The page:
• On October 1, 2014 ·

originally published in Coastal Grower Fall 2014

culture in businessOn the eve of the San Francisco Giants home opener this year, Giants President and CEO Larry Baer sent a letter to fans. He spoke about history, about what the Giants mean to him and to the community. He spoke to who the Giants are and “what it means to be a Giant.” Baer encouraged and created excitement. In a few brief words he became an example of how an organization can move mountains when it embraces culture. Within our families, our businesses, our schools and our community there is culture. Some good and some not so good. Our culture says a lot about who we are to others but more importantly our culture reminds us who we are to be when nobody is watching.
Culture wins championships, builds playgrounds and brings hope. Culture can also be destructive, generate fear and cause doubt.

Culture, as we see it, is a byproduct of leadership. The culture for any group is set by leaders, regardless of title. If we do not determine what our culture is and fully embrace what we want it to be, someone else will. When someone other than leadership defines culture we leave the direction of a company, organization or even a city to be dictated by a disgruntled few, children raised by peers, not parents – communities run by those with the biggest mouth, rather than those with the biggest heart. It is so important for all of us to be aware of the culture that we have set within our community. There will always be opportunity for us to adjust the direction that we are headed and to correct any missteps that we may come across. What we cannot do however, is succumb to the onset of attitudes and influences that do not affirm the culture we have pre-determined.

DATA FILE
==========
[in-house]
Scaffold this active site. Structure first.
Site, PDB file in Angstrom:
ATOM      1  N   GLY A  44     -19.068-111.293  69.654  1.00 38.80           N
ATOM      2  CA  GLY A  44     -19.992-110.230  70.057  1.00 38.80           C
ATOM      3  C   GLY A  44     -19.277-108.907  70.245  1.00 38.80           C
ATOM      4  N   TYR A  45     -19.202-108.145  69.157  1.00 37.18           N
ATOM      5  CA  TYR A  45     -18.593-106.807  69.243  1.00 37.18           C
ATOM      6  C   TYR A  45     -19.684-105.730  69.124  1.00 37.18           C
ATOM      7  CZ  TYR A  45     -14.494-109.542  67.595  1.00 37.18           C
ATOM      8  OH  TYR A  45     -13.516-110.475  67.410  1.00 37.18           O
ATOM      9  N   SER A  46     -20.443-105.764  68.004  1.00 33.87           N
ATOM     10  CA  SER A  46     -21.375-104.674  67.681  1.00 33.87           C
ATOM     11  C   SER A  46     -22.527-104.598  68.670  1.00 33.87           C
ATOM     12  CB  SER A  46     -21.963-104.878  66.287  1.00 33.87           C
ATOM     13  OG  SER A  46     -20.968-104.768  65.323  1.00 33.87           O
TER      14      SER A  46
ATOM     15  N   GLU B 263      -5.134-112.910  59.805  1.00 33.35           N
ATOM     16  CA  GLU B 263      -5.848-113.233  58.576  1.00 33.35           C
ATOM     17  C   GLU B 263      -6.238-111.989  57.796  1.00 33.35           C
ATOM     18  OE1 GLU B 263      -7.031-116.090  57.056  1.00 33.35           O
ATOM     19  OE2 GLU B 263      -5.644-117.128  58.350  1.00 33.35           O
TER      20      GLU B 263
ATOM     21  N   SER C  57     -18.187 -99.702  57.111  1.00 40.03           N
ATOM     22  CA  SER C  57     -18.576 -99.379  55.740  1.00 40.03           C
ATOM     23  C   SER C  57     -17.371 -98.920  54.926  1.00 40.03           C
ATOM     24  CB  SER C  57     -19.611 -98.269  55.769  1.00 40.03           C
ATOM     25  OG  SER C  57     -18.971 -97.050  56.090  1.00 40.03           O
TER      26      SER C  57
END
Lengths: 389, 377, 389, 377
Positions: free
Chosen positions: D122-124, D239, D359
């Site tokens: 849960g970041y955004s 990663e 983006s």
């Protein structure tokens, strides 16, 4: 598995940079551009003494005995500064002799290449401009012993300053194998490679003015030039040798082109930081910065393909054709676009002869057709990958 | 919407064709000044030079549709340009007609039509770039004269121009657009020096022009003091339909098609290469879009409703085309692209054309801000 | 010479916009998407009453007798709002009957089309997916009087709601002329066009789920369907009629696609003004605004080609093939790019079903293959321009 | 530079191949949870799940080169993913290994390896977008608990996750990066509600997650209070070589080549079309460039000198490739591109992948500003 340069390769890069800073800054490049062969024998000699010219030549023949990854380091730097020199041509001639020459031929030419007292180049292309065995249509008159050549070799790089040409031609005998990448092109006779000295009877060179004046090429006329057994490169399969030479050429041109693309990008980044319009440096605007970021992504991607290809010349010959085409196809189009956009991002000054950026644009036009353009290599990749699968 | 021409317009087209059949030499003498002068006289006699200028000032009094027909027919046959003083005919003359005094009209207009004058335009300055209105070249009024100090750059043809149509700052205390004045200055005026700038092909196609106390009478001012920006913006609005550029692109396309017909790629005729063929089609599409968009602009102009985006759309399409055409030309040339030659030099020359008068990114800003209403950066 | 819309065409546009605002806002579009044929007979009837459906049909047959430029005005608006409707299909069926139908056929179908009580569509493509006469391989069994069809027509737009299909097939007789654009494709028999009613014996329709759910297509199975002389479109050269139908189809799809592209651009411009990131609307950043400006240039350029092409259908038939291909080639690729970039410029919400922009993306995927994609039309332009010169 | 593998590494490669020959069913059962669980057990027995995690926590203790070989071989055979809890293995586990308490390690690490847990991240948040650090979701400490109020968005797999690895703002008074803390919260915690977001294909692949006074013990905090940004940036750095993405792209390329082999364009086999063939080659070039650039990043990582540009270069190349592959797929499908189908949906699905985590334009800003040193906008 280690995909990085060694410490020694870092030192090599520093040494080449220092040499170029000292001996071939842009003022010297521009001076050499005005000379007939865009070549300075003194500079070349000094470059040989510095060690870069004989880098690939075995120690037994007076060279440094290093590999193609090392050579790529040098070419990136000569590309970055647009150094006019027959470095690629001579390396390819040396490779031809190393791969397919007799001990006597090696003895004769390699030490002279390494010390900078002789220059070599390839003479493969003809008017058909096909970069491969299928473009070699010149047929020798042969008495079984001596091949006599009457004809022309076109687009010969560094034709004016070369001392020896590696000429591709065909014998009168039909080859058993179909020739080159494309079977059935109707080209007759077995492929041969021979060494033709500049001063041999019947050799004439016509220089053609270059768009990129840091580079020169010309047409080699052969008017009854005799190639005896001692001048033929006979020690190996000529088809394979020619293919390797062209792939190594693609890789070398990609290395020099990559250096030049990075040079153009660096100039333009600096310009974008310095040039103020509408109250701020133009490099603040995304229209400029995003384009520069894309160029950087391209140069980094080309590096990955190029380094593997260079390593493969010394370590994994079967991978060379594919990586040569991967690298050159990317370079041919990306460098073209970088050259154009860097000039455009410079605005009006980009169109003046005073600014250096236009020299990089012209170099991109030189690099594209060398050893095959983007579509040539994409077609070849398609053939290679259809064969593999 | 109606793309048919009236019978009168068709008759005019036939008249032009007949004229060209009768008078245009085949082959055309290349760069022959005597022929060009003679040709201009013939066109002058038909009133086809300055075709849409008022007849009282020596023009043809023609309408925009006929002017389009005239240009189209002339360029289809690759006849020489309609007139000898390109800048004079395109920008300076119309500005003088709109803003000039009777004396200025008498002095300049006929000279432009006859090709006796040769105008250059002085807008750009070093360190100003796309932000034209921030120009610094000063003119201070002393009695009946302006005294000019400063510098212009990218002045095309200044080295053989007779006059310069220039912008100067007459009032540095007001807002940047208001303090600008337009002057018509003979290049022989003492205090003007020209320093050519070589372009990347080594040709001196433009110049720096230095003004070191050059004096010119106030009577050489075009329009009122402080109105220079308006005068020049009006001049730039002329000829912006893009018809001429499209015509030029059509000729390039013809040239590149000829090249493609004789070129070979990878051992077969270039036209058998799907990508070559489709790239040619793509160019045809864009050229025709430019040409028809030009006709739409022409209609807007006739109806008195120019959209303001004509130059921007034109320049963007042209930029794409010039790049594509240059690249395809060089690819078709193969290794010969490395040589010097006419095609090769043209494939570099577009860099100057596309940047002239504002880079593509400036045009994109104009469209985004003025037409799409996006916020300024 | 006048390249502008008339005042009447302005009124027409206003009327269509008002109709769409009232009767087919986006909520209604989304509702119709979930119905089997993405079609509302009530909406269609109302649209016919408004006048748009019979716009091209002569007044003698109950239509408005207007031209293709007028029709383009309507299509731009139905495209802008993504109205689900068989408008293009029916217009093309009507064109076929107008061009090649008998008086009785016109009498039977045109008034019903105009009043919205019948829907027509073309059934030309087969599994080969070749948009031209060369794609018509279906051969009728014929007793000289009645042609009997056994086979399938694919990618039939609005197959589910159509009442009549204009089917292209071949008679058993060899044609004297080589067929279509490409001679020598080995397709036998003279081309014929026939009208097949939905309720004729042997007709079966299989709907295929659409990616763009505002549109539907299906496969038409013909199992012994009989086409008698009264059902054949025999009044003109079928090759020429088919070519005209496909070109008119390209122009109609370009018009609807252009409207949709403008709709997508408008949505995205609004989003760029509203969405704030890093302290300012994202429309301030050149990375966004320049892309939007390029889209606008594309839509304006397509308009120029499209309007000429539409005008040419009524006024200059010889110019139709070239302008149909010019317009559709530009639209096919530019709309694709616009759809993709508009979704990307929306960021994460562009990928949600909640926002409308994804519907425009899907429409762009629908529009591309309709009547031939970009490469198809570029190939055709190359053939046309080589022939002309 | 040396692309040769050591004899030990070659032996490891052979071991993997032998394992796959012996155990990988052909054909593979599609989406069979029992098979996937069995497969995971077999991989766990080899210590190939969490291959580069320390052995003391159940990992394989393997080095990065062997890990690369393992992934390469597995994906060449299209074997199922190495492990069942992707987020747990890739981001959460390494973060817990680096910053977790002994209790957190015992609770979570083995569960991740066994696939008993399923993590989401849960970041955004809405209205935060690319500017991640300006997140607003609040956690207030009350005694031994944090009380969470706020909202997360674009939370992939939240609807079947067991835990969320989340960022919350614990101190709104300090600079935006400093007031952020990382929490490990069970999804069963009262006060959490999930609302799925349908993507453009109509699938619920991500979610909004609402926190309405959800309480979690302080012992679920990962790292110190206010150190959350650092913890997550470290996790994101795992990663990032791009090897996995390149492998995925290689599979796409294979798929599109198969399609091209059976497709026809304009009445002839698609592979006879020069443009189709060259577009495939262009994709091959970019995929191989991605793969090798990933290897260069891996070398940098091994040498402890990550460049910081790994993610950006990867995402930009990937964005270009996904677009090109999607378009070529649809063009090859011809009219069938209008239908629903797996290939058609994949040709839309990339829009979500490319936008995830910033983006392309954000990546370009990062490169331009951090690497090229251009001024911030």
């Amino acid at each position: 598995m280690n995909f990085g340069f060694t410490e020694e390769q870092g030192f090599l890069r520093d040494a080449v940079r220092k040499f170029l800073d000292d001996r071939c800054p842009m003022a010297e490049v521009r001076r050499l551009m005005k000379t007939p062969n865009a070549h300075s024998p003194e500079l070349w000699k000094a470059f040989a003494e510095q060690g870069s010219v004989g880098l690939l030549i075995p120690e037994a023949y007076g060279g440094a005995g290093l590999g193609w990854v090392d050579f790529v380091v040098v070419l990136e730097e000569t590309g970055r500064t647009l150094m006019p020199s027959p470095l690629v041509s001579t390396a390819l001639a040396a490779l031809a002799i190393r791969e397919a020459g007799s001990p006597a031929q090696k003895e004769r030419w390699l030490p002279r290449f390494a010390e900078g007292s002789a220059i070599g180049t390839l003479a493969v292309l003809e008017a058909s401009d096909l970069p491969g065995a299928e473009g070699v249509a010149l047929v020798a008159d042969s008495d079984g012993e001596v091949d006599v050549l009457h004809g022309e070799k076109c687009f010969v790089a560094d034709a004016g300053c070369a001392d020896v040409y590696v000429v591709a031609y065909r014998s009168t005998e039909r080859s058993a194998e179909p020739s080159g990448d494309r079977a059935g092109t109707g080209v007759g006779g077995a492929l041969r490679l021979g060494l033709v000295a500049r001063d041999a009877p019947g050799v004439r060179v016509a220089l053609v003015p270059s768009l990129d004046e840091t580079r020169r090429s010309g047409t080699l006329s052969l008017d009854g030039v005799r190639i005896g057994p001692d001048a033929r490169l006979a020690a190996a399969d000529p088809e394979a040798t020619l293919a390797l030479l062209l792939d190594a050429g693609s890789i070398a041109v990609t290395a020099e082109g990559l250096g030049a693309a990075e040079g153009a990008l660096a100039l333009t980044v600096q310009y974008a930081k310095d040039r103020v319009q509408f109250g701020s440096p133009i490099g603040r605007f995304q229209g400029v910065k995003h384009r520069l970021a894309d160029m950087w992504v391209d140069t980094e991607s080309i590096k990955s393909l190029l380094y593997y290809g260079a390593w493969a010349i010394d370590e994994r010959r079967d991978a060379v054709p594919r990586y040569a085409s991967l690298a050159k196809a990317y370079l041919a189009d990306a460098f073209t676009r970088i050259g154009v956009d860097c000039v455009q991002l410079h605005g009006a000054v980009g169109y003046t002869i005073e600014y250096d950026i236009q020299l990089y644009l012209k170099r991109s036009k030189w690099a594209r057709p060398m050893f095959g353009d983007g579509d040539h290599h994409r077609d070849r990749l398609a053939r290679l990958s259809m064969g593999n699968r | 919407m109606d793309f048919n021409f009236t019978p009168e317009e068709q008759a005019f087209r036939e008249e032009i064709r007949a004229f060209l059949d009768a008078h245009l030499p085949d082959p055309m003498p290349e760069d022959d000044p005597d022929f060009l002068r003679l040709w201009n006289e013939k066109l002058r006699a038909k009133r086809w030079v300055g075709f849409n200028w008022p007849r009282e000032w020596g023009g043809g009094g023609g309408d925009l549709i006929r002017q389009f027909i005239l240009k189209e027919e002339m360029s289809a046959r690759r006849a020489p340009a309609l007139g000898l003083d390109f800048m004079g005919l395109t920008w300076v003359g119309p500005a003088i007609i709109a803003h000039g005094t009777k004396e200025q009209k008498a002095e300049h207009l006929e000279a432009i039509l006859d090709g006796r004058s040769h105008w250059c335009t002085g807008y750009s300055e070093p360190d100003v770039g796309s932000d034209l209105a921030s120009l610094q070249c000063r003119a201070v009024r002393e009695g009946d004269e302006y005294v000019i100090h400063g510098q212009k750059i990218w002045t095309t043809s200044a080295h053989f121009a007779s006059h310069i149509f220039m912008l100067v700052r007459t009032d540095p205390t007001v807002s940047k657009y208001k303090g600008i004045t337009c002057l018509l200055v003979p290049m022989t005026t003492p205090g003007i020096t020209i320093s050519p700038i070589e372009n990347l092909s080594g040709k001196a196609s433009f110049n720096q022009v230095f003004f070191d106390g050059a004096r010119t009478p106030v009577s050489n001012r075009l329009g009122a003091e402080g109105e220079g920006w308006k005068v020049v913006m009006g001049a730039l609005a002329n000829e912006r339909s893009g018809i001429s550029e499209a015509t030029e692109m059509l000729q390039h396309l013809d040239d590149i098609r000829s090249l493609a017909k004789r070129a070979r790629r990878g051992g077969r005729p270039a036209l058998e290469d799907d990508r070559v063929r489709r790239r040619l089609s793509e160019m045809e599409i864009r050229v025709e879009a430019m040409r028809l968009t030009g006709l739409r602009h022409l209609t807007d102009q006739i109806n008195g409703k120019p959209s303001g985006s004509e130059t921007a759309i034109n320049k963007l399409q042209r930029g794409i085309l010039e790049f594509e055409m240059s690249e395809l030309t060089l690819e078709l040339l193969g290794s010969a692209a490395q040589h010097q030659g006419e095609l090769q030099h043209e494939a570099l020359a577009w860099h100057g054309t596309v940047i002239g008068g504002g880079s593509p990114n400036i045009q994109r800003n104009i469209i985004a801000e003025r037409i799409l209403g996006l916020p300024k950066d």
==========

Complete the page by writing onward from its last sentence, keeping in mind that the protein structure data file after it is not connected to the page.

Apathy has a funny way of becoming the norm when culture is challenged. It can be very difficult to continue to care and to continue to fight for the values and culture set forth at the beginning of our journeys.

Our culture says a lot about who we are to others but more importantly our culture reminds us who we are to be when nobody is watching.

Within an organization if we do not stay vigilant and make the hard decisions to prune back branches of our organizations we allow apathy to set in to our culture. Nobody ever said being a leader is easy. Very few leaders actually ask for the position. When true leaders see change is needed – they see apathy has begun to take hold and the culture is being negatively impacted – they have no choice but to step forward and “be the spark” to create change.

Sir Isaac Newton said, “For every action, there is an equal and opposite reaction.” My wife Amanda and I believe that this has happened within our community, On the heels of great community outreach and a coming together through the building of Tatum’s Garden, we now face an “opposite reaction” – increase of violence and discord. Our community showed it is willing to fight for growth and to lift up children and families to achieve greatness. But, we must be always vigilant and fight through apathy, to be the good that fights to suppress evil. Let us be proactive in our leadership,. Let us be as Larry Baer has been and remind each other about what is great within the cultures of our families, our companies and our community. When we cultivate culture from the top down, we grow a base that is wide and strong. We can then harvest tenfold our efforts. It is not easy. We must be ever vigilant but it is good and it is noble. Together we can “be the spark” that ignites change.

By Shawn Bakker, Bakker Construction